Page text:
Testing takes place before and after calibration so we can compare a TV's out-of-the-box performance with its maximum potential. In the case of the HU7250, Samsung's offering users a complete color management system, 2- and 10-point white balance adjustments, a gamma slider, and an expanded color space.
I began on the "Movie" picture mode with the color temperature set to "Warm2." During the calibration process, I made several adjustments to the TV's white balance and corrected the TV's primary and secondary color points using the color management system.
Below are the pre- and post-calibration settings for reference.
Smart, savvy, and packed with value
These days there are no end of ways to get content onto your TV. Though most Americans will still rely on an antenna or a cable box, smart features give you access to a world of content that's ready at the push of a button.
And as far as smart platforms go, Samsung's Smart Hub is near the top in both value and usability. Users can access the main app menu with the press of a button, and the hub itself is organized in an easy-to-learn, straightforward manner. Navigating content is as simple as choosing a section (Movies & TV Shows, Games, Apps, or Multimedia) and following your heart.
Of course, finding 4K content can still be something of a challenge. Cable doesn't offer much 4K yet, and depending on your streaming service of choice it might end up costing you extra. Blu-ray owners will be happy to hear that this TV upscales full-HD content quite well, with minimal noise and almost no artifacts to speak of.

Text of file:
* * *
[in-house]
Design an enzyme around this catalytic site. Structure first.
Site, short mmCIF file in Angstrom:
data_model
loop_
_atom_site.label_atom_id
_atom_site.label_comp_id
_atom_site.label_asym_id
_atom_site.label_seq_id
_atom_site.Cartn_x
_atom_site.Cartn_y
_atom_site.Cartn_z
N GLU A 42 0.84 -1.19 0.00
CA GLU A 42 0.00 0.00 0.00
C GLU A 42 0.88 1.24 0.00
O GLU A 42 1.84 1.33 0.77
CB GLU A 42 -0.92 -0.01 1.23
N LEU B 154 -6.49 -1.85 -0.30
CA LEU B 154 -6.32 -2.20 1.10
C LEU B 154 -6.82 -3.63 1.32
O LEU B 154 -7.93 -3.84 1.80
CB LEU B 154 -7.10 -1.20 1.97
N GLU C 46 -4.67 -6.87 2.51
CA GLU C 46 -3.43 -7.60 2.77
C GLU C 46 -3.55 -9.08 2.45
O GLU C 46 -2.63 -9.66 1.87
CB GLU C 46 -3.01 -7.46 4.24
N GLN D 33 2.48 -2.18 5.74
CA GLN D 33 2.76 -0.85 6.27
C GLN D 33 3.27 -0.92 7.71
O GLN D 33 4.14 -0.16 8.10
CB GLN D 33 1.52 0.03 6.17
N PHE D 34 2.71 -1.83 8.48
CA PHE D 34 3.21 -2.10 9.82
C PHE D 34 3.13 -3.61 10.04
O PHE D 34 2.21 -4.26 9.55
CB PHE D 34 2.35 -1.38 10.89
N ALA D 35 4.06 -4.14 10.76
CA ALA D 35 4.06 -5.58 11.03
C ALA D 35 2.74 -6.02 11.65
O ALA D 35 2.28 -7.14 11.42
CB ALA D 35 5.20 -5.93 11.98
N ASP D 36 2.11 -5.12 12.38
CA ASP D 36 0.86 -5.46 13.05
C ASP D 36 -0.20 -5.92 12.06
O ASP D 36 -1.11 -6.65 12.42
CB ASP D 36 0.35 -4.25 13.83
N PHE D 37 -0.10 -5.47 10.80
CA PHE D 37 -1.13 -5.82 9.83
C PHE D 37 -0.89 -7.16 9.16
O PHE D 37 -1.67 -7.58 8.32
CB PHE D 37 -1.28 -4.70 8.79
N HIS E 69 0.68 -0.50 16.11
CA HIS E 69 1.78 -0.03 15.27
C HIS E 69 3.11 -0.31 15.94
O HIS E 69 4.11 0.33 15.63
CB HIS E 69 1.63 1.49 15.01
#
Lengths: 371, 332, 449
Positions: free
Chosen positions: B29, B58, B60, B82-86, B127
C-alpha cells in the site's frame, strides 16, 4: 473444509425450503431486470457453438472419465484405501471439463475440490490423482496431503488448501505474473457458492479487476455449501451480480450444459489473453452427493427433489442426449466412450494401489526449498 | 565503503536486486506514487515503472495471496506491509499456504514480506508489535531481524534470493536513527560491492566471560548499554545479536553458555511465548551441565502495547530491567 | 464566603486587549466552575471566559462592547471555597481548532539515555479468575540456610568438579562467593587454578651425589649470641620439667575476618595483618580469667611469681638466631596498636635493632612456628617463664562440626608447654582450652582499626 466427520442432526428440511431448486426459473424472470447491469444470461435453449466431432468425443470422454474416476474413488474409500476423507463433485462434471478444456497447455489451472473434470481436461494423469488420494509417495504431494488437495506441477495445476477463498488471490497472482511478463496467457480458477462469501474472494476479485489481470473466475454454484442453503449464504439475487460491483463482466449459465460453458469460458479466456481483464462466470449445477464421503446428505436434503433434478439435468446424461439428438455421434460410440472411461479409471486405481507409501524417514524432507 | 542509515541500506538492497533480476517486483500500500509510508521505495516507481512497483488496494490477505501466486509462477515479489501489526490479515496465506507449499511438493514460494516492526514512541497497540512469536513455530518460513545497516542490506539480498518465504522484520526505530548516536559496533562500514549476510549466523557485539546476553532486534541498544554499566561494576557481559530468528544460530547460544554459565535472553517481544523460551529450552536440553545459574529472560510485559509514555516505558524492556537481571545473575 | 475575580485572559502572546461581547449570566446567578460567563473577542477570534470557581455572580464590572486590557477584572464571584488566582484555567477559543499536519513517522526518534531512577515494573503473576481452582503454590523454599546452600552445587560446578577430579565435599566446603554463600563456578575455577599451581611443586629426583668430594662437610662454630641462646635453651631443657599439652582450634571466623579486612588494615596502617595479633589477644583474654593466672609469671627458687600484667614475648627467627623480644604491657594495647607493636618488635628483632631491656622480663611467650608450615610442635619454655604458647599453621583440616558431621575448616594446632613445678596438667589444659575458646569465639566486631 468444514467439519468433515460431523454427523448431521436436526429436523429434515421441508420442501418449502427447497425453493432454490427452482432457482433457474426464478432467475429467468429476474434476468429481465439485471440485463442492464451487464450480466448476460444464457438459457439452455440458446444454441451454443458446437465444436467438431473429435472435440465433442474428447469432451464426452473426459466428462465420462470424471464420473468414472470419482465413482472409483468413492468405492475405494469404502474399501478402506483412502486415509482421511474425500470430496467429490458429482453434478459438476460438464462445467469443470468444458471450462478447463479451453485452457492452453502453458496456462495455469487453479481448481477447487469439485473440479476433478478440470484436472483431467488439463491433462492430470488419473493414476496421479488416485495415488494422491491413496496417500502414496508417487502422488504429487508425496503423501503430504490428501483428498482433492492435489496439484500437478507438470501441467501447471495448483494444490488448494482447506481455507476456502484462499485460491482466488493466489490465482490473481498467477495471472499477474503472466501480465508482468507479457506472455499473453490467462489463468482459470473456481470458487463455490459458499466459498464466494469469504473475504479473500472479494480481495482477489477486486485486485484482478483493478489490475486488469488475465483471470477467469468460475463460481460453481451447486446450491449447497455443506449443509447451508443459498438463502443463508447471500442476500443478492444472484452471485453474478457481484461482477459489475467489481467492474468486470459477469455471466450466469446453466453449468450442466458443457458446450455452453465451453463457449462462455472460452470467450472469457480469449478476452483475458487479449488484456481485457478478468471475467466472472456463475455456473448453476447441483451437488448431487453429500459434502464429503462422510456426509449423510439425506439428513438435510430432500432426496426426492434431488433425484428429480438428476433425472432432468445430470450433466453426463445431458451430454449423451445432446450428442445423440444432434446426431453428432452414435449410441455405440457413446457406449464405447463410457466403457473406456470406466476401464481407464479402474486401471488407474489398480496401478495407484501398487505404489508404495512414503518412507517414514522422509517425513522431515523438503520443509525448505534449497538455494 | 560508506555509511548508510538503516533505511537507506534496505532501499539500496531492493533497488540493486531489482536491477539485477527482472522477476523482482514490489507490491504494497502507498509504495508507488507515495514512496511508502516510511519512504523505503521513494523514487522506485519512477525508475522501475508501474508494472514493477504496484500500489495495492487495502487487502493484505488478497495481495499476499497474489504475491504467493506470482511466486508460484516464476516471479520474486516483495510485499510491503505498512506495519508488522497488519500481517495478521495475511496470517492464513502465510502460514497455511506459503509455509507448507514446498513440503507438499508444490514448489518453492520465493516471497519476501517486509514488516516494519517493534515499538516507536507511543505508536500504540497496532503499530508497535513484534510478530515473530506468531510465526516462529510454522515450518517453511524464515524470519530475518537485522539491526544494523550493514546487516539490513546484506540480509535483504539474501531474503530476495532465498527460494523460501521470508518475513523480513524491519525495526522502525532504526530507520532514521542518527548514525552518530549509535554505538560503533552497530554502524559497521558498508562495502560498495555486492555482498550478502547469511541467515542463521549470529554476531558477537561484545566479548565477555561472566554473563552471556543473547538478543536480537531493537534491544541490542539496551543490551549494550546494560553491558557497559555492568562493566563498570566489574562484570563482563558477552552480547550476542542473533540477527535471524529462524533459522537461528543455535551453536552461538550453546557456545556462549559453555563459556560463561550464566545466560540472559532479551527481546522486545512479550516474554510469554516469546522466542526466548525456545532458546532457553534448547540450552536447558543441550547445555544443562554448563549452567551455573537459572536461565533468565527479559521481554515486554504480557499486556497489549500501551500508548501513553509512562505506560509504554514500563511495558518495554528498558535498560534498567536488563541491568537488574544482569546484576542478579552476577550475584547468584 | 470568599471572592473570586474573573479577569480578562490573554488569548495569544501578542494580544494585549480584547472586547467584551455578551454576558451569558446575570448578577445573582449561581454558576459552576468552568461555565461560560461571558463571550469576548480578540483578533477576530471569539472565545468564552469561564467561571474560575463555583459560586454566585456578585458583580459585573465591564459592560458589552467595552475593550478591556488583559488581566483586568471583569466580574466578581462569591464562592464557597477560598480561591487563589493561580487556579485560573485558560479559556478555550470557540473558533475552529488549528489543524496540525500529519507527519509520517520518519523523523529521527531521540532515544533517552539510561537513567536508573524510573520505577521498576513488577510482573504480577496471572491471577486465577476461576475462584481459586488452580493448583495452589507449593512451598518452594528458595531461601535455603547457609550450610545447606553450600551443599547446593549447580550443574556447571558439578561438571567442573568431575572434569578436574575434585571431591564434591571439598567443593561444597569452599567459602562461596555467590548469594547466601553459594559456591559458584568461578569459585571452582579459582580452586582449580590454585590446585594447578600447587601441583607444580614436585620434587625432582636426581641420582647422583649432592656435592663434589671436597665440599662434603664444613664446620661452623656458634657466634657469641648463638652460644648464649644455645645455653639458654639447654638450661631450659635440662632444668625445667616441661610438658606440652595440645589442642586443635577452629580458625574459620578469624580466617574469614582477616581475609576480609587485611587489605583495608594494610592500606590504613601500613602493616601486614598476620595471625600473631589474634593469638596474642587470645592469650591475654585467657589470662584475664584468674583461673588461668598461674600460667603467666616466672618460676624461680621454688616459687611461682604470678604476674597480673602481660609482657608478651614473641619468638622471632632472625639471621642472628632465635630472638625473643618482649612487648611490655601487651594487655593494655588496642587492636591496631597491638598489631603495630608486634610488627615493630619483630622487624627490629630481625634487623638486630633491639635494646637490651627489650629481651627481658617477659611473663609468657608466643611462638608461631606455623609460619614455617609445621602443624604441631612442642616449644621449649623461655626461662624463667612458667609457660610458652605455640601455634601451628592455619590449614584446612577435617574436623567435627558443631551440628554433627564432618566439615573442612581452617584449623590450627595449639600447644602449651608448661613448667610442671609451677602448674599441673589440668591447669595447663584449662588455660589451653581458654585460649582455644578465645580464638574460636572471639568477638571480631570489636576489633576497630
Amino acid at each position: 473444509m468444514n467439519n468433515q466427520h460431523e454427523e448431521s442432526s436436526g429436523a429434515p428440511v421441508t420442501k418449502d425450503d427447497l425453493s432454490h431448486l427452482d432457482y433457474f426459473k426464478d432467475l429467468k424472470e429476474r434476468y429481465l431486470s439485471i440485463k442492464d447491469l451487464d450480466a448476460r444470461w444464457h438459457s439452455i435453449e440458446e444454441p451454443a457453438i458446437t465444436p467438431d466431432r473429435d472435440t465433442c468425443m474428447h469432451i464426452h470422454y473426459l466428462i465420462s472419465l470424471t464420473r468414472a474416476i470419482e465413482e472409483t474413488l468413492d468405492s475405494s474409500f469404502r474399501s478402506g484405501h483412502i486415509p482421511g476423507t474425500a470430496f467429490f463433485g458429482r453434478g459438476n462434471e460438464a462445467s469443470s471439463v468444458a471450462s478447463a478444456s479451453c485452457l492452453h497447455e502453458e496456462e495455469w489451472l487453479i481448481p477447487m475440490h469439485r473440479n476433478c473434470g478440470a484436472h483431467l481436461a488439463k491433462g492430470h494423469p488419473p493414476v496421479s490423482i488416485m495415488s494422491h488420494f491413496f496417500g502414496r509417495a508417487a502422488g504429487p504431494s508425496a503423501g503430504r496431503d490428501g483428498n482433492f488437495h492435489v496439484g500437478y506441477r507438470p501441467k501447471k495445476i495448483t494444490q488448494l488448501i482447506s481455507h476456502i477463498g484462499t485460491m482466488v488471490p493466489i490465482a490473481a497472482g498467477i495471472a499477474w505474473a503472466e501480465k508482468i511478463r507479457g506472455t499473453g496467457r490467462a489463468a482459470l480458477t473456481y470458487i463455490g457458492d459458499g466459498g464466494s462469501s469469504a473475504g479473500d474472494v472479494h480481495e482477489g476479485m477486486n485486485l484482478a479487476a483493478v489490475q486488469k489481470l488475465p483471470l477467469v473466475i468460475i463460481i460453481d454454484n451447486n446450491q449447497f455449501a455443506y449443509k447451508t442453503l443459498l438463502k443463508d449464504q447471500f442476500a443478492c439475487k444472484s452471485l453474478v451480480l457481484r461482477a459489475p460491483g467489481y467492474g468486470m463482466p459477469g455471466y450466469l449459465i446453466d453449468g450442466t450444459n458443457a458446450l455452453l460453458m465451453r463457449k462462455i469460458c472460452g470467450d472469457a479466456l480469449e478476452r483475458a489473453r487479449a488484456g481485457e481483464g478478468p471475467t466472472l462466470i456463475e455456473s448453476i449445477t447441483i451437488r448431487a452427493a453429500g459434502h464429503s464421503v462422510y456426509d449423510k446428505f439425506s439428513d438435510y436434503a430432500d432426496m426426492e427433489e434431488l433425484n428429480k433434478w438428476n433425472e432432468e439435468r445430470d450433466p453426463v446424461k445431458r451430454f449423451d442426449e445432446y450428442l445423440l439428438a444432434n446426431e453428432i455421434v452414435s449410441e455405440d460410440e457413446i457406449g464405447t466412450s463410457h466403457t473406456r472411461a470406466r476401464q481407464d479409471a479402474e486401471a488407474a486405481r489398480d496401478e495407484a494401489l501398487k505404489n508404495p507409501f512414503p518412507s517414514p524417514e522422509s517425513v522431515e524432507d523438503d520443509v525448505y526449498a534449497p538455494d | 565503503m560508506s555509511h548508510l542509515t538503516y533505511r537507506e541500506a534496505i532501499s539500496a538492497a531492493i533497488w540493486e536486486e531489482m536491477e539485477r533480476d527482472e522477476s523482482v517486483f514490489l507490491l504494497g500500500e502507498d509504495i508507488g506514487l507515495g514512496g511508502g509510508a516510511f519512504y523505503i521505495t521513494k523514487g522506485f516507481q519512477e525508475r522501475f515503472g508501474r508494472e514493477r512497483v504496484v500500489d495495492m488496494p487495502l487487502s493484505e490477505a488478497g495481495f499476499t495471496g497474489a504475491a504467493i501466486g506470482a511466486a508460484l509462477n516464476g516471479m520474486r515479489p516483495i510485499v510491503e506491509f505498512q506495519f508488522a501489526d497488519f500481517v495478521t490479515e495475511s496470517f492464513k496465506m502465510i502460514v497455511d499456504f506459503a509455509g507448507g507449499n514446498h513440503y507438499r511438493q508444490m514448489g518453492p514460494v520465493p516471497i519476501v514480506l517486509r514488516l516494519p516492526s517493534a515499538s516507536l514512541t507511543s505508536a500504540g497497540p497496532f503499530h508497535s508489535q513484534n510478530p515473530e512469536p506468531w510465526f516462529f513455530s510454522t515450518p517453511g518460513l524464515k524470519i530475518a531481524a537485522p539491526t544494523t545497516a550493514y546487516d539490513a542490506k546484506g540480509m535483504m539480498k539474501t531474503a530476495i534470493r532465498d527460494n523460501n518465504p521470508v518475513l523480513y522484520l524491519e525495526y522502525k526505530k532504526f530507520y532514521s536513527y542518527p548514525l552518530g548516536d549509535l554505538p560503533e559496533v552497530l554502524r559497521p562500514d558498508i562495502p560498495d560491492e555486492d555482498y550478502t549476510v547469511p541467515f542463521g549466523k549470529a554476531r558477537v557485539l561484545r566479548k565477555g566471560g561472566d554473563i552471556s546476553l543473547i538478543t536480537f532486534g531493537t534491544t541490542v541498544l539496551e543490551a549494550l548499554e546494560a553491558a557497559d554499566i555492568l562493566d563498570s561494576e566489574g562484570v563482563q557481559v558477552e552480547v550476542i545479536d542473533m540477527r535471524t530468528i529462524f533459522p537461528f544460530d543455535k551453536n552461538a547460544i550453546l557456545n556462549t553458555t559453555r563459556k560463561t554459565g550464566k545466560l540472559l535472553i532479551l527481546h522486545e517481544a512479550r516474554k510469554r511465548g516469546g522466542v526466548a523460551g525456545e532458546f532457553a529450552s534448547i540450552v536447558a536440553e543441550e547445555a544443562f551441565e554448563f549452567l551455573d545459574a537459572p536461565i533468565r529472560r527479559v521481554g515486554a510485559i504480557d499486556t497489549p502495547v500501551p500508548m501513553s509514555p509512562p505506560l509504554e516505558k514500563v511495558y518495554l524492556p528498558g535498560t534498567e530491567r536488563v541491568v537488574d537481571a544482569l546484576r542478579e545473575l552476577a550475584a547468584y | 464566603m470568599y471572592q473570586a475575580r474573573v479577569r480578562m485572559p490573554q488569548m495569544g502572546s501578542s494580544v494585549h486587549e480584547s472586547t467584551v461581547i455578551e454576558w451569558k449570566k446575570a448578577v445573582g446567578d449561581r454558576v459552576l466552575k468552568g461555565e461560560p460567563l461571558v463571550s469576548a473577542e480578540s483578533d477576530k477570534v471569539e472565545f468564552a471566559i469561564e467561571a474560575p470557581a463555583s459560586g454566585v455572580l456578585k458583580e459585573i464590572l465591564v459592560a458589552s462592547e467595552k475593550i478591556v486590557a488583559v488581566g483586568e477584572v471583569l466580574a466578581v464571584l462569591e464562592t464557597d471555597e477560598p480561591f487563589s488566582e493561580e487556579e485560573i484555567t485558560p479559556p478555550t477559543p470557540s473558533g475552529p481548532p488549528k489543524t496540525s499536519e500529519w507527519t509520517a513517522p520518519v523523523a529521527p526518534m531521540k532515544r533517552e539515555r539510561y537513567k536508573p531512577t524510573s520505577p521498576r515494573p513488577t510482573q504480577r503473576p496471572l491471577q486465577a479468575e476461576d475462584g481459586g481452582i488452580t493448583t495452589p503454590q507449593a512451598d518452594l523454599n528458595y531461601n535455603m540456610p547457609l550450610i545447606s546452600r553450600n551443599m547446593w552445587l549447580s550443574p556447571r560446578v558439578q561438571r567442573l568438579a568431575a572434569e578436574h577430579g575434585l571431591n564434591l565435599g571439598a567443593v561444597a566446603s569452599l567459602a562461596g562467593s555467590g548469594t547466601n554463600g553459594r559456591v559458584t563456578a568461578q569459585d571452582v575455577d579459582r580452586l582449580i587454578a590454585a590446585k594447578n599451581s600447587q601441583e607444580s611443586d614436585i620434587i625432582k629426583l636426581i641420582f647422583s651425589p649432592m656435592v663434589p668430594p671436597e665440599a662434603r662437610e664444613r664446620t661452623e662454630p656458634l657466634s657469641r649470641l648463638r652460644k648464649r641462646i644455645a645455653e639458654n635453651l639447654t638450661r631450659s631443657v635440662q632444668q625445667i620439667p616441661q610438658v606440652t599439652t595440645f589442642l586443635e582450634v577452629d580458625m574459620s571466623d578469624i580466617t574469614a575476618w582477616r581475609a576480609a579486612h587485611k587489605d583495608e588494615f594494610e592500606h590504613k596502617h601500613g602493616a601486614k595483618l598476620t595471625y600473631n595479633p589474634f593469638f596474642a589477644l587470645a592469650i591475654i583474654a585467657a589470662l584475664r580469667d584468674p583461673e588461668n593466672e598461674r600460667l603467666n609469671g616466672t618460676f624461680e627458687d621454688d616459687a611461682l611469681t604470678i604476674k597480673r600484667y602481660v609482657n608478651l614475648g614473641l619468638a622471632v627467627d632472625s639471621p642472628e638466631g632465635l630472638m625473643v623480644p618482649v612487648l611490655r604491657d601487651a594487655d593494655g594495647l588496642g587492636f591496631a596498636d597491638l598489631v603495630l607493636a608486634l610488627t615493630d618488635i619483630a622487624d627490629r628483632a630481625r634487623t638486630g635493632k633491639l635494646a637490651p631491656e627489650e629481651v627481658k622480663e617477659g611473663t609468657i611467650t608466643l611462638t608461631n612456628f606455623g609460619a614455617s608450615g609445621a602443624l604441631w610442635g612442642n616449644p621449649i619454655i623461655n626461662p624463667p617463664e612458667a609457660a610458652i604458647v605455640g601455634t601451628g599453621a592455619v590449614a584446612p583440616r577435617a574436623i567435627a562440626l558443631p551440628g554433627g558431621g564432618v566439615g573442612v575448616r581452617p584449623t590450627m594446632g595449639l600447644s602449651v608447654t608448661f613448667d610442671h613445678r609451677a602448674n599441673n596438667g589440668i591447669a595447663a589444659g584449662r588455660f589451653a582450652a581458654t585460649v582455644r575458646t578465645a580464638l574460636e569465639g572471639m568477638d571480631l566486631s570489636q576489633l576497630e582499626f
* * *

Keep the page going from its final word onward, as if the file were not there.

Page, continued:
Television techies interested in getting their hands dirty in the TV's picture settings will find 2- and 10-point white balance controls, an extensive color management system, and a slew of secondary options–like dynamic contrast and Auto Motion Plus–to play around with.
In digital color all neutral tones—black, white, and all of the grays in between—are actually the combination of carefully balanced red, blue, and green. How smoothly a TV produces such neutral tones says a lot about its overall performance. We measure the amount of grayscale error in a collective called DeltaE, with a DeltaE of 3 or less considered ideal.
Prior to calibration, the HU7250 produced a middling 4.75 DeltaE. I was able to squash this down to 1.67 using the TV's 2- and 10-point white balance controls. This means you'll get crisper neutral tones, without the distracting color casts that plague lesser TVs.